One builder's views on the pluses of PVC
On the coast, builders like Jim Blahut of Beach Haven, N.J., have switched to PVC trim, even for elaborate Victorian house details that must be shaped on-site. Composite wood trim materials bill themselves as engineered products, implying that the material is extra durable, but Blahut isn't buying it, not for coastal applications anyway. While the composite products may be more decay-resistant than painted pine, they are not necessarily moisture-resistant and may be prone to swelling in high humidity, particularly where the factory-primed finish has been cut or routed. According to Blahut, cut surfaces not only require more prep from his painter, but the paint fails quickly at these locations. Also, nail heads are impossible to drive flush on the dense material, as the material mushrooms around the nail. Builders often resort to finish nails to avoid this pucker, but this voids the manufacturer's warranty. The answer, says Blahut, lies in PVC trim stock.
Blahut has been using Azek (AZEK Trimboards, 801 Corey St., Moosic, PA 18507; 877-275-2935; www.azek.com) for about five years. Other PVC trim products on the market now include Koma Trim Boards (Kmmerling USA, 3310 Stanwood Blvd., Huntsville, AL 35811; 800-330-2239; www.komatrimboards.com) and Nels-Tek 600 (New England Lumber Specialties, 202 Day St., West Springfield, MA 01089; 800-541-8619; www.nelstek.com). PVC-based trim can be machined, cut, and fastened like wood. Machined edges do get "hairy," but the material can be machine-sanded. Best of all, it proves impervious to salt spray and can withstand ground contact without absorbing water and rotting — a real boon for skirt boards, water tables, and the bottom of corner boards.
PVC trim can be painted, but it is most durable if left an unpainted white. Dark colors are not recommended, as these will absorb the heat of sunlight, causing the PVC to expand more than it does already. Trim boards must be cut back at intersections to provide room for movement. Where it's critical to keep a joint tight, the material should be double-nailed and reinforced with construction adhesive. Long vertical joints at corner boards can be welded together with PVC cement, though Azek has recently begun to offer prefab corner boards in 4- and 6-in. widths.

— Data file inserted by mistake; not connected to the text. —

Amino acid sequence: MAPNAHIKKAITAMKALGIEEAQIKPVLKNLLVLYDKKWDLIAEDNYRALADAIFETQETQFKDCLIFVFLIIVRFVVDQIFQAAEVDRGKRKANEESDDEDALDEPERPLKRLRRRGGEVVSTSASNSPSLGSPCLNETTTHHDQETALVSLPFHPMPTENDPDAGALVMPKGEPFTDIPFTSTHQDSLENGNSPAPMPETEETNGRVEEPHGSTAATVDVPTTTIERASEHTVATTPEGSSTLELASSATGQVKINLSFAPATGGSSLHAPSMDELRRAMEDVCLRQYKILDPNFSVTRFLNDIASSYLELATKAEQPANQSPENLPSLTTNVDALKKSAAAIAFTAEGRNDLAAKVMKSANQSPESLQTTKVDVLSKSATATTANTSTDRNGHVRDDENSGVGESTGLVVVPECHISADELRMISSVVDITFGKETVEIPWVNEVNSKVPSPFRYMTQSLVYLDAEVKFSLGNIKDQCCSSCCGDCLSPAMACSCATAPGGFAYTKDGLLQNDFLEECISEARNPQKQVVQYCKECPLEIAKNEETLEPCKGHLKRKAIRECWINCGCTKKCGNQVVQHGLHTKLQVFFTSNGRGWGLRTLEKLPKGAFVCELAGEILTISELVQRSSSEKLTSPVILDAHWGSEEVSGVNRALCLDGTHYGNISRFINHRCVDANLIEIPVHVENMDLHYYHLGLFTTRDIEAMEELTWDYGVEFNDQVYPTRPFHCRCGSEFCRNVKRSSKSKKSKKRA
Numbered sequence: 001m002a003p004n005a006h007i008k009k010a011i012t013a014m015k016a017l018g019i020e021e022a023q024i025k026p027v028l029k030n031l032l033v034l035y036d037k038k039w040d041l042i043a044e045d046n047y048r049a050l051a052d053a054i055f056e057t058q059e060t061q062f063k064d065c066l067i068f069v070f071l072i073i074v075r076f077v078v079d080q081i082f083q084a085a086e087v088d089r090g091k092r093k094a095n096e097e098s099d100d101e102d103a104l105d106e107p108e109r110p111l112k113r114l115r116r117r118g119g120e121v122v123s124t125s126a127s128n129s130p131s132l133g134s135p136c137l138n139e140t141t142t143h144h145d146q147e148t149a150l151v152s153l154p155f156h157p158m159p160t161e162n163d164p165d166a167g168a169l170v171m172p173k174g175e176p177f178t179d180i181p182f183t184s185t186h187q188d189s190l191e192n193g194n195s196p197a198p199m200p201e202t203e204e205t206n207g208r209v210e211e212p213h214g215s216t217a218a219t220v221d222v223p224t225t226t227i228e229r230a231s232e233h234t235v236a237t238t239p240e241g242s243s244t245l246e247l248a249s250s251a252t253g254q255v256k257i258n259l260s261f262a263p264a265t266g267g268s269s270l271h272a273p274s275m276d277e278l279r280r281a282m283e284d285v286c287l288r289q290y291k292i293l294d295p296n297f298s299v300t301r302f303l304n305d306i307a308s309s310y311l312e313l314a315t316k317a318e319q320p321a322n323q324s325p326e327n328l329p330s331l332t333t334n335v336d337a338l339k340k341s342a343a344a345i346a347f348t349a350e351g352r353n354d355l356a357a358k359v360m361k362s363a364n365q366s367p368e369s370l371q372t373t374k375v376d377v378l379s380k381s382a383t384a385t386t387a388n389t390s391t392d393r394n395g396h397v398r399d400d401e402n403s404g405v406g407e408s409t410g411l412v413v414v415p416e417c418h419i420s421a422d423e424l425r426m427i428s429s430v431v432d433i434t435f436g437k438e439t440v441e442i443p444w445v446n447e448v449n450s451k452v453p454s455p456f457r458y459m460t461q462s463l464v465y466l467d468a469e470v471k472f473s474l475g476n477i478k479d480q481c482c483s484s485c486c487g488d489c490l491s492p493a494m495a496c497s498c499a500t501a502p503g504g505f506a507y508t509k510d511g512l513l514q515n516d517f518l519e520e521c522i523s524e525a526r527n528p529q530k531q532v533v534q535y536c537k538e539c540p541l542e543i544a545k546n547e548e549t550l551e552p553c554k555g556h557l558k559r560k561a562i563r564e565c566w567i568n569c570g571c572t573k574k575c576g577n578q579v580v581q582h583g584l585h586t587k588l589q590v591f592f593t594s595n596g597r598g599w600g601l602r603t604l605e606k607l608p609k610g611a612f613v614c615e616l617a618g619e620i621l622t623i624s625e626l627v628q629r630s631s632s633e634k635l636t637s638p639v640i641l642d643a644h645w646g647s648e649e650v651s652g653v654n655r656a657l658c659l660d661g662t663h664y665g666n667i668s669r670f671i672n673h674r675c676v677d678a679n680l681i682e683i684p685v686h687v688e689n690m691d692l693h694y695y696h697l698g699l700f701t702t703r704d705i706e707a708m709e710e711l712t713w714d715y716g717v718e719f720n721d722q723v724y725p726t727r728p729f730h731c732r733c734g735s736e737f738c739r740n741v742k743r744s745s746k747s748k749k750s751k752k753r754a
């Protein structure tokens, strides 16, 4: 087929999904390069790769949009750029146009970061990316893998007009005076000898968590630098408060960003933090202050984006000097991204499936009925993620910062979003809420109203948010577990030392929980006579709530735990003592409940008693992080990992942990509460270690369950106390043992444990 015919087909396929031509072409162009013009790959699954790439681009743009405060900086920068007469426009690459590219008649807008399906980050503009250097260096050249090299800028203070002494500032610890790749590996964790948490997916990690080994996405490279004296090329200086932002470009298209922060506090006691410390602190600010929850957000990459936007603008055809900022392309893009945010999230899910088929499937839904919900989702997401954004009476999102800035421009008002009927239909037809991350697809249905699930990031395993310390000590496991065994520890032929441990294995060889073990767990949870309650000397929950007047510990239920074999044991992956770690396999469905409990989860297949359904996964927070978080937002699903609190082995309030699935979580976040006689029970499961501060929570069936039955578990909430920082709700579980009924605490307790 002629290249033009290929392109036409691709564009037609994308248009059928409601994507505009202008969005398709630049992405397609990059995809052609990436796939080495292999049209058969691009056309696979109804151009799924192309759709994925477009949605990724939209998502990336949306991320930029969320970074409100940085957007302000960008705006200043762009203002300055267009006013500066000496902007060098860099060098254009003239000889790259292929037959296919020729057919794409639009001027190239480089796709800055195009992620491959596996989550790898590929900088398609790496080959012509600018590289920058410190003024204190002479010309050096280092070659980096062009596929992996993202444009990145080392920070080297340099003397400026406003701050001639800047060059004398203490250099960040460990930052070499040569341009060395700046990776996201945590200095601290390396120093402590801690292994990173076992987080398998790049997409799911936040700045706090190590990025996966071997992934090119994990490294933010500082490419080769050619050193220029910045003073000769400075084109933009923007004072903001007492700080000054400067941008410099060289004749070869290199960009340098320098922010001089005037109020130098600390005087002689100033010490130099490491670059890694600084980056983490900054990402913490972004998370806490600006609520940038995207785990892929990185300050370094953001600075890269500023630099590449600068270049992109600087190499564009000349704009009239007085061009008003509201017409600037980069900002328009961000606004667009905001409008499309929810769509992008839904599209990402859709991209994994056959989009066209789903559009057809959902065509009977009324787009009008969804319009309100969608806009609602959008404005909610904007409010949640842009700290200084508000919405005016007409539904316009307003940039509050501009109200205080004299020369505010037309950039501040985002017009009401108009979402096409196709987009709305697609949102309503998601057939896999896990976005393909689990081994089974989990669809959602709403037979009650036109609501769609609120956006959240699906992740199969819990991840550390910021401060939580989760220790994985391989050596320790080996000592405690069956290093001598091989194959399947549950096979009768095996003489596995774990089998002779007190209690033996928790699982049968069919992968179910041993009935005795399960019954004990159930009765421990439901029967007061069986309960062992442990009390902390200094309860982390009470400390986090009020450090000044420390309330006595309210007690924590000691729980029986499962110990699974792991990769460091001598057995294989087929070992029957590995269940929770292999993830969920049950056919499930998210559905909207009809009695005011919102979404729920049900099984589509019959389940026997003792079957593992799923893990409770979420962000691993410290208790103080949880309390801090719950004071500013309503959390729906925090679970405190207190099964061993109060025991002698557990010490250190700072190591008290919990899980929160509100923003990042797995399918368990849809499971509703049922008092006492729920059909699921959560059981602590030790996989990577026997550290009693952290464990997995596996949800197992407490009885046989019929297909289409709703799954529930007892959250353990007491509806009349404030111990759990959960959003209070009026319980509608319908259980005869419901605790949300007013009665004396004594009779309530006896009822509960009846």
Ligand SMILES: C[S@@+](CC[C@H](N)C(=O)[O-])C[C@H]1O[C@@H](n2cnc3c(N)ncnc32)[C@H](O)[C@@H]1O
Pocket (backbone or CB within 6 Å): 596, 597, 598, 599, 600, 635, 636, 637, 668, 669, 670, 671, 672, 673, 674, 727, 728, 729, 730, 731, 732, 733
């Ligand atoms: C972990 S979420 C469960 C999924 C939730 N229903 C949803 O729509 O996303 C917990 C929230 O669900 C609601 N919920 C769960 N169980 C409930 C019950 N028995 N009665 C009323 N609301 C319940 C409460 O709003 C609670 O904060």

All Hands on Deck
Deck building just got a little easier Wrestling bowed and hooked boards into line may be one of the least appealing aspects of building decks. To take some of the struggle out of this task, Vaughan & Bushnell introduced the BowJak (Vaughan & Bushnell, 12013 Maple Ave., Hebron, IL 60034; 815-648-2446; www.vaughanmfg.com), a pee-vee-like tool with teeth that are hammered down to bite into the joist, and a handle to leverage a stubborn board into line. It's a straightforward, rugged tool that folds up to fit fairly comfortably in a nail bag. For really stubborn bows, the BowJak can be used on an adjacent joist "upstream" from the one you are fastening, and this is how it must be used for hidden fasteners that are secured to the joist. But it may be limited in this case if the very end is severely hooked.
The BoWrench (Cepco Tool Co.; 133 Philo Rd. West, Horseheads, NY 14845; 800-466-9626; www.bowrench.com) is a much larger tool that provides even greater leverage, though it's perhaps a bit more to lug around. It has three great advantages: The cam action locks the handle into place, so after yanking the board in line, you can let go and use both hands; it can be operated to push or pull a board into line; and the action is offset so it never interferes with hidden fasteners.
Speaking of hidden fasteners, there are several on the market, such as Simpson Strong-Tie's Deck Connectors (Simpson Strong-Tie Co., 4120 Dublin Blvd., Suite 400; Dublin, CA 94568; 925-560-9000; www.strongtie.com), and the Dec-Klip (Ben Mfg. Co., 21229 Cypress Way, Lynnwood, WA 98036; 425-776-5340; www.premier1.net/~ben69/). But the ones that get the highest marks in extreme climates and for use with composite decking material, are Eb-Ty Hidden Deck Fasteners (Blue Heron Enterprises, PO Box 414, Califon, NJ 07830; 800-438-3289; www.ebty.com). These require a plate joiner to pre-slot the edge of the decking; then the polypropylene fastener is secured with a stainless-steel screw. The polypropylene material is UV-resistant and won't react with the new pressure-treated woods.